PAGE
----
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Science & Tech

Editors’ Pick: No More Needles

Programming cells to heal the body



Hormonal therapies — such as insulin for diabetics, human growth hormone for people with dwarfism, and interferon for fighting tumors or hepatitis — are expensive to manufacture. They have one other shortcoming: they work only if patients follow through with the treatments, which often means multiple daily injections.

While advancements have been made, from infusion pumps to inhalants, injections are still the standard of care, according to Michael Wolfe, a School of Medicine professor of medicine and chief of the gastroenterology section at Boston Medical Center. And all those needles lead to significant “noncompliance rates” among patients.

“Injections hurt,” Wolfe says simply. “They’re uncomfortable and inconvenient.” He and his research team are working on a new means of both manufacturing and delivering hormonal therapies — using the patient’s own cells. Specifically, they are working on genetically modifying a patient’s stem cells (derived from fat or bone marrow) into little hormone “factories” that can be reimplanted into the patient to create the needed treatments.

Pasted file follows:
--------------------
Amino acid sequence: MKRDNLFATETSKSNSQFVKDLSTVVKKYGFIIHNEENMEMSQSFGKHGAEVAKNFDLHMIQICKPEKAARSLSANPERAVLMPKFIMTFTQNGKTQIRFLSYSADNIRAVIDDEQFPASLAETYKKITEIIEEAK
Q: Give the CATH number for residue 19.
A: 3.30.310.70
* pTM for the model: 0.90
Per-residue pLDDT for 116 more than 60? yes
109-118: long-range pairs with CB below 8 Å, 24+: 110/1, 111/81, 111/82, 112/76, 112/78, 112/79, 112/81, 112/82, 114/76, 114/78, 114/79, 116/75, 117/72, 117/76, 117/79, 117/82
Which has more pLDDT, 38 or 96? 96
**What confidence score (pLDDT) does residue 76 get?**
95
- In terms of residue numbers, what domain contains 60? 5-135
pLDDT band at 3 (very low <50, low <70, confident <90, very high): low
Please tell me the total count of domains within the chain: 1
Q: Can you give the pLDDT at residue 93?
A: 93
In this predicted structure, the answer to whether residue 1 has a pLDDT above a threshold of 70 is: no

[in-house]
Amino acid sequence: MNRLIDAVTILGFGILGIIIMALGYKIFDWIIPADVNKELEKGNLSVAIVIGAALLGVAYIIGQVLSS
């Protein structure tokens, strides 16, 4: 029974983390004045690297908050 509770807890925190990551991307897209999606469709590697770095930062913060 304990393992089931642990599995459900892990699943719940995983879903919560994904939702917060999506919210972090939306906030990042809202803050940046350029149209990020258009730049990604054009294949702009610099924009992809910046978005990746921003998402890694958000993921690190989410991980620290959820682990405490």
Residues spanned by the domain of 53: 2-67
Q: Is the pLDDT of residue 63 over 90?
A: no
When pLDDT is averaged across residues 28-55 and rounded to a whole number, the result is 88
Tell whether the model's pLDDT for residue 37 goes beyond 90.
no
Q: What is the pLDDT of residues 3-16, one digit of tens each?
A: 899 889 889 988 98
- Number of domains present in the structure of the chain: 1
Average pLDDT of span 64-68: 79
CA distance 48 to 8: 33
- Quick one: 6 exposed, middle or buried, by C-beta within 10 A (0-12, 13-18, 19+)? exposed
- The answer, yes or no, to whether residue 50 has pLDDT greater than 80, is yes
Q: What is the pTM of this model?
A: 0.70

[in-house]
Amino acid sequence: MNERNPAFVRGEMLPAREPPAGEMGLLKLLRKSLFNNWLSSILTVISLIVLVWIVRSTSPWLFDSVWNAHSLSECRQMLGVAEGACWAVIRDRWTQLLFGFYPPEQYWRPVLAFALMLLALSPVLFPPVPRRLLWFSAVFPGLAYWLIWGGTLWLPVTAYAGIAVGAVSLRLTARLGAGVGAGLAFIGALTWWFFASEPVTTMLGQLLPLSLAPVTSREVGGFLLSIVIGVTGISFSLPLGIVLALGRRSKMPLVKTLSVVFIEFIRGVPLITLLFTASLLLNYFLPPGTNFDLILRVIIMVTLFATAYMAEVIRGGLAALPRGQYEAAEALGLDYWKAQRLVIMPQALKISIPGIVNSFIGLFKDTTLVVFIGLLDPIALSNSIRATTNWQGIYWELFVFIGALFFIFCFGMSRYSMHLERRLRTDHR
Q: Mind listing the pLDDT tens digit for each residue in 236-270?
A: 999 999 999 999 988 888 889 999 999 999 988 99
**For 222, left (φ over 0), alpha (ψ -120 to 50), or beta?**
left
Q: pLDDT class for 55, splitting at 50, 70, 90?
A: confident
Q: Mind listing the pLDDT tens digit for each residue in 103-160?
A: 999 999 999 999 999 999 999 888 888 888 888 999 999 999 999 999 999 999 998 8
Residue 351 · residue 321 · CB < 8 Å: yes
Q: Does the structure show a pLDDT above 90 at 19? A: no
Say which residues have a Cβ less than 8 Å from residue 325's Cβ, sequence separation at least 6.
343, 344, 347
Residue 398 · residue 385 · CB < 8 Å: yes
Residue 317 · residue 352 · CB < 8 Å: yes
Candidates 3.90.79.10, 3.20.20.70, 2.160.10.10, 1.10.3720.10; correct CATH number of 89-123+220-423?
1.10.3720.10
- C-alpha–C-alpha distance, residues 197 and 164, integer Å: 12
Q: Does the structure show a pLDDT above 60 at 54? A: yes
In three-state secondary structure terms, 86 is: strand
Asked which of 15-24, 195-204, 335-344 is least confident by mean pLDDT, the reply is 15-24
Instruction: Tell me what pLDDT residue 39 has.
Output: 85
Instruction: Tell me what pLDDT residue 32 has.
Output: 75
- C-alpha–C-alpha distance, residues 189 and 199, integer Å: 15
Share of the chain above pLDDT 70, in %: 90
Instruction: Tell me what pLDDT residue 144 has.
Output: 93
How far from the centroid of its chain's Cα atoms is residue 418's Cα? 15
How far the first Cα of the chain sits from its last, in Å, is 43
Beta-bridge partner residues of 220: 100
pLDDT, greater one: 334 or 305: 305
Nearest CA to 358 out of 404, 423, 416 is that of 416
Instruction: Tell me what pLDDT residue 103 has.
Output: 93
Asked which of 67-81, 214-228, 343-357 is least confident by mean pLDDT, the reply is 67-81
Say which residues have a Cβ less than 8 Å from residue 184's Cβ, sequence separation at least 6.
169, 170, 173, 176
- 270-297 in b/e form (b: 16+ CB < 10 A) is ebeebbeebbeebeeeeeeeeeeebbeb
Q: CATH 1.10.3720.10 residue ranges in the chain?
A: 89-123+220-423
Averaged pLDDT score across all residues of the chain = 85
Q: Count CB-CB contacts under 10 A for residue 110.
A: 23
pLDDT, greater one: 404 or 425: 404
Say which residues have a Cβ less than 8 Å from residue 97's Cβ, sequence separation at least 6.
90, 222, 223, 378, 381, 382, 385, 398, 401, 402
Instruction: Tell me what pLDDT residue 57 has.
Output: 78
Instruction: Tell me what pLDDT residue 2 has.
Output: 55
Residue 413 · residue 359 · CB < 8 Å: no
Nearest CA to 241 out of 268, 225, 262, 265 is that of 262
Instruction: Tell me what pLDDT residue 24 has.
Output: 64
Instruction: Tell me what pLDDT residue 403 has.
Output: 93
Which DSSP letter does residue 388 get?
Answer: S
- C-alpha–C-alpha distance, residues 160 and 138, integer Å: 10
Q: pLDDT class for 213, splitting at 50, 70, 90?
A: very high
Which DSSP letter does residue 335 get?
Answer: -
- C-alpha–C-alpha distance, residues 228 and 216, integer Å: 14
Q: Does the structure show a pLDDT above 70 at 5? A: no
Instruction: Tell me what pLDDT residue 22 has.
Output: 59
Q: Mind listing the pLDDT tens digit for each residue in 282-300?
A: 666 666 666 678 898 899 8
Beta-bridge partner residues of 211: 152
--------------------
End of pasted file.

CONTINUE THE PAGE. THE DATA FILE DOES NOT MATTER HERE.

Wolfe and his research team have successfully engineered stem cells to produce human insulin in the stomach and small intestine of mice, and now their efforts have garnered one of three Ignition Awards from BU’s Office of Technology Development (OTD), each worth about $50,000.

Four times a year, with the help of a five-person committee of senior venture capitalists from the Boston area, OTD selects Ignition Award winners from applications submitted by BU professors or students whose research is ready to make the leap from the laboratory to the business world. The next Ignition Award winners will be chosen by the end of the summer.

“The Ignition Awards program exists to recognize research that will someday translate into commercially available technologies, products, or treatments,” says Stanford Willie, executive director of OTD. "This first batch of winning projects represents diverse and potentially lifesaving applications in health and medicine.”

To view Part 1 of the Ignition Award series, Sniffing Out Cancer, click here.

To view Part 2, Solving the Pain Puzzle, click here.

Chris Berdik can be reached at cberdik@bu.edu.

This article was originally published on BU Today on July 27, 2006.

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